Saturday, December 20, 2014




Advertise with us

Dietitians Dish: Bariatric surgery right choice for some

By By Lindsay Adams
April 2, 2013 at midnight
Updated April 1, 2013 at 11:02 p.m.


Obesity is a serious medical condition that can contribute to a number of other health issues such as diabetes, high blood pressure, sleep apnea, heart problems, certain types of cancer and joint pain, to name a few.

Obesity can also have an emotional toll on individuals, contributing to depression and low self-esteem. As rates of obesity continue to rise in the United States, so do the efforts to find effective methods of weight loss. Bariatric surgery is becoming increasingly popular as a way to combat obesity.

Bariatric surgery is the term used to identify various procedures aimed at weight loss, including Roux-en-Y gastric bypass, vertical sleeve gastrectomy, adjustable gastric banding and biliopancreatic diversion with or without duodenal switch.

Although bariatric surgery is not right for everyone, it is suggested to be the most effective and long-term treatment for individuals with morbid obesity and often resolves many of the conditions associated with obesity.

One way to classify obesity is using Body Mass Index, which is an index that expresses adult weight in relation to height. To qualify for bariatric surgery, you must have a BMI of 40 or greater or have a BMI between 35-40 along with at least one other serious medical condition such as diabetes, high blood pressure or asthma.

Some facilities will perform adjustable gastric banding, one of the less invasive procedures, with a BMI of just 30. Most health insurance plans also cover the costs of bariatric surgery if you meet the appropriate criteria.

Although some physiological changes occur with the different types of bariatric procedures that contribute to weight loss, the effectiveness in these procedures can be attributed largely to the restriction of the amount of food you can eat.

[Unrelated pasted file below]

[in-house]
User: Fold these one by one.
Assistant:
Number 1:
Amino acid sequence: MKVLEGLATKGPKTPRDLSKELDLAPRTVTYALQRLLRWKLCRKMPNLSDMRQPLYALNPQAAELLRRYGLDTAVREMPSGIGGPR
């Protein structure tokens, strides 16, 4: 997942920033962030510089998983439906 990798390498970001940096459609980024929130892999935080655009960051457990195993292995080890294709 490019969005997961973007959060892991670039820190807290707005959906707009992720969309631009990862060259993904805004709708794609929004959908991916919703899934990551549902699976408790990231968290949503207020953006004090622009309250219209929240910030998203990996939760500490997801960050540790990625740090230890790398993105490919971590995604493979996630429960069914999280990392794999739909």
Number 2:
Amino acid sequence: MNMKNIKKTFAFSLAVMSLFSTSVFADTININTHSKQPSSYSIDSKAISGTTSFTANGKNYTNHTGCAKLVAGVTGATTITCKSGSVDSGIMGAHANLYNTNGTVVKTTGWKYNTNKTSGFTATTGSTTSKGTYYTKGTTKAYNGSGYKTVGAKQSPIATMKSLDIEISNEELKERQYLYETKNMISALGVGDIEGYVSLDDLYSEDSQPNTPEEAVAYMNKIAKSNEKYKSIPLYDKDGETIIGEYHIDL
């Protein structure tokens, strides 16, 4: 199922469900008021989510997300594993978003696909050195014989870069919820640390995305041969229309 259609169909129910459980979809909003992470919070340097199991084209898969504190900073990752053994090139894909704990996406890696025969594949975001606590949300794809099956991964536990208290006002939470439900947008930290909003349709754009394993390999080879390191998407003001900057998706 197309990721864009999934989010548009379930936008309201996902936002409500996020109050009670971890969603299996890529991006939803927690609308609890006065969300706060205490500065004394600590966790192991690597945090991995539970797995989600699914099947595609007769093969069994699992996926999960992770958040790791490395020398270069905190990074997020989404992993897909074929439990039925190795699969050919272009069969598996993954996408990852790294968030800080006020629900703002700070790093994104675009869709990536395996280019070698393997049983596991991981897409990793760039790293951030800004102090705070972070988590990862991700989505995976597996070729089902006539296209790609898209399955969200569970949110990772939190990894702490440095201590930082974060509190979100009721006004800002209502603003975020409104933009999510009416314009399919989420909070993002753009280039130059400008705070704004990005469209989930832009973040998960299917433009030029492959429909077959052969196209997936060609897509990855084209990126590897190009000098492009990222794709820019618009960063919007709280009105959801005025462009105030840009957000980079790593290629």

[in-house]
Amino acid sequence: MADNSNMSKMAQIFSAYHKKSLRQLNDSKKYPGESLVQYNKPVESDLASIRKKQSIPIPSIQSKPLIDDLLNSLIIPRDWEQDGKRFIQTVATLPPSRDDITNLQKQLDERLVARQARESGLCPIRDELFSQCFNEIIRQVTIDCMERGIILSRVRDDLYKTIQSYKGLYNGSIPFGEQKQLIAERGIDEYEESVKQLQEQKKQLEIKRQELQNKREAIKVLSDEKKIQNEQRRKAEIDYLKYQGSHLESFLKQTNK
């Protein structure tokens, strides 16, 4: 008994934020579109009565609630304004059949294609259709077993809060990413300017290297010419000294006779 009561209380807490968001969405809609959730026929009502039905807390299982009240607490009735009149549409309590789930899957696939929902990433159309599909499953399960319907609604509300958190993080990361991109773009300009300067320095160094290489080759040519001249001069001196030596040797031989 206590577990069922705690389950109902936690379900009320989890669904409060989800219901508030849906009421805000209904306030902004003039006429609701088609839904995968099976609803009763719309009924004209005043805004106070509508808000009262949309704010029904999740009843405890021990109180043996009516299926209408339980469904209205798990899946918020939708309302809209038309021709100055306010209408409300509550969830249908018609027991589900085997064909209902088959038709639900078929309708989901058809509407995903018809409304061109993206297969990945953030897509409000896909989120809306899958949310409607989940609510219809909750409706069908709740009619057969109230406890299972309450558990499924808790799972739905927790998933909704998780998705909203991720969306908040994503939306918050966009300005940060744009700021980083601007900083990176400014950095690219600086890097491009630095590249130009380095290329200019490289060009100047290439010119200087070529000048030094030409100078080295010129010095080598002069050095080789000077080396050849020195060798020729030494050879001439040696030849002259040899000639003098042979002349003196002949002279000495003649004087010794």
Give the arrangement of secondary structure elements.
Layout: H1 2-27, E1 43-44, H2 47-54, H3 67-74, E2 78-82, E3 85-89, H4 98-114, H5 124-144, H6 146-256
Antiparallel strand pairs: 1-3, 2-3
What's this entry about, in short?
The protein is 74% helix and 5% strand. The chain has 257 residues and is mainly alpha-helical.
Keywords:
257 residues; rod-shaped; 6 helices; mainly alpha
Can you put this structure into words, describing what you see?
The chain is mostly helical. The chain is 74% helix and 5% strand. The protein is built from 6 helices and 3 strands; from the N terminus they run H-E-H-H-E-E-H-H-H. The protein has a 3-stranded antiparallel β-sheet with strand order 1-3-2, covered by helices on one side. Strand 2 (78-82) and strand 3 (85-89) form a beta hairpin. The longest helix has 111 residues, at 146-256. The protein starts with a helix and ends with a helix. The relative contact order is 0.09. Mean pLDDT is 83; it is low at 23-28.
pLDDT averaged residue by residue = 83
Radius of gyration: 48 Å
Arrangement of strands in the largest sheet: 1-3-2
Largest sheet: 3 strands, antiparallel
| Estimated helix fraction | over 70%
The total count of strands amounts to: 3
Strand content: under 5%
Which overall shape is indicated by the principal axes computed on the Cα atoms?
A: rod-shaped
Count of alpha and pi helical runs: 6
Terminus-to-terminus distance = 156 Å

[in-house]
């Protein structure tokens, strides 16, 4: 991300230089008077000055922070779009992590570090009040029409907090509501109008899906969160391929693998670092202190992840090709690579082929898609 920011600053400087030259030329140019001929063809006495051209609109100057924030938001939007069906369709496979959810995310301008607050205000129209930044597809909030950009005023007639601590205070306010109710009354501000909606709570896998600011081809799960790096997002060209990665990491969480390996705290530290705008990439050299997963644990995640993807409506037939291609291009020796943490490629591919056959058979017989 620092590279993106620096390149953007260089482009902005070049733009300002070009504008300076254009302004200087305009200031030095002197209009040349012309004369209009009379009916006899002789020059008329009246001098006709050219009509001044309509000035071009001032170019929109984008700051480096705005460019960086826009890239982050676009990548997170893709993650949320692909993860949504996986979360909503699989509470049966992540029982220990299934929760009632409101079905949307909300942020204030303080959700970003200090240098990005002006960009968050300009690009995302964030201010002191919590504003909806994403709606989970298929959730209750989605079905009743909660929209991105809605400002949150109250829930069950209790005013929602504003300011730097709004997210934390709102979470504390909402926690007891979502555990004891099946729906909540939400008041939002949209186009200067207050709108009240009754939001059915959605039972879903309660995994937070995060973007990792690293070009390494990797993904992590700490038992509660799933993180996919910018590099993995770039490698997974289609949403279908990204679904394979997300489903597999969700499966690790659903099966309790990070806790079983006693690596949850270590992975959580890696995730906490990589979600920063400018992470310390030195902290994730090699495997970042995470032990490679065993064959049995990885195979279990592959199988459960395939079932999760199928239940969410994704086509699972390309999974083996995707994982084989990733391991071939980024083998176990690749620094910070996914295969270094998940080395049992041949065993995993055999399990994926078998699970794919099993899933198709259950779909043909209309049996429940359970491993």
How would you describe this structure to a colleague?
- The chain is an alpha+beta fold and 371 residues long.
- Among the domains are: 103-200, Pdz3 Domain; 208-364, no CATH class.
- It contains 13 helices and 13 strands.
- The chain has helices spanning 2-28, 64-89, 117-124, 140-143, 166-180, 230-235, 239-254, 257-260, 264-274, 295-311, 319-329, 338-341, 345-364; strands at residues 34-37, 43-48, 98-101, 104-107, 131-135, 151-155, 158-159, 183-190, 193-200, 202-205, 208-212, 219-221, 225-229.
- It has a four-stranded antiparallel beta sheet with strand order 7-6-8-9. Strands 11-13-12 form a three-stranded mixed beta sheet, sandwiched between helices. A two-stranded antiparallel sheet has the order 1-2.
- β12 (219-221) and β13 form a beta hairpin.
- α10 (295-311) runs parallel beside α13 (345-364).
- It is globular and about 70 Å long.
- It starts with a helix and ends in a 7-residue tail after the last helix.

Society often thinks of bariatric surgery as the easy way out, and while surgery can be thought of as portion control, success is still dependent on diet and exercise. Below are some of the basic principles of a healthy lifestyle after bariatric surgery.

First, eating three meals a day with no snacks is generally recommended. Snacking leads to unnecessary consumption of excess calories that can often prevent weight loss or lead to weight regain. If you make appropriate choices at your meal, you should stay full until the next meal time.

You must also take several different vitamin supplements after surgery to help prevent deficiencies that may occur as a result of the decrease in portion size and some malabsorption. Your surgeon will guide you on which supplements you need to take.

The importance of protein intake is also increased after surgery. Protein is needed to maintain lean body mass and to prevent loss of muscle mass. Since your portions will be much smaller after surgery, protein should be eaten first at meals to make sure you get it in before you get full.

You should also avoid all high-sugar and high-calorie beverages such as sodas and juice, which have minimal to no nutritional benefits. You should also avoid liquid meals, which will not give you the feeling of satiety like solid foods do.

There are several behavioral changes that are important after surgery, too, including eating meals over 20-30 minute duration to prevent overeating, taking small bites of food and chewing foods very well.

Adequate fluid consumption is extremely important to prevent dehydration, and both cardiovascular and resistance exercise is crucial for weight loss success and to help maintain lean body mass and decrease excess skin after surgery.

So if you meet the BMI criteria for surgery and have tried other avenues for weight loss without success, bariatric surgery may be an option for you.

It never hurts to visit with a bariatric surgeon to determine if surgery is appropriate for you. It may be just what you need to lose weight, keep it off and improve your physical and mental health.

Lindsay Adams is a registered dietitian with DeTar Health Systems. Send questions or comments to dietitians@vicad.com.

SHARE

Comments


Powered By AdvocateDigitalMedia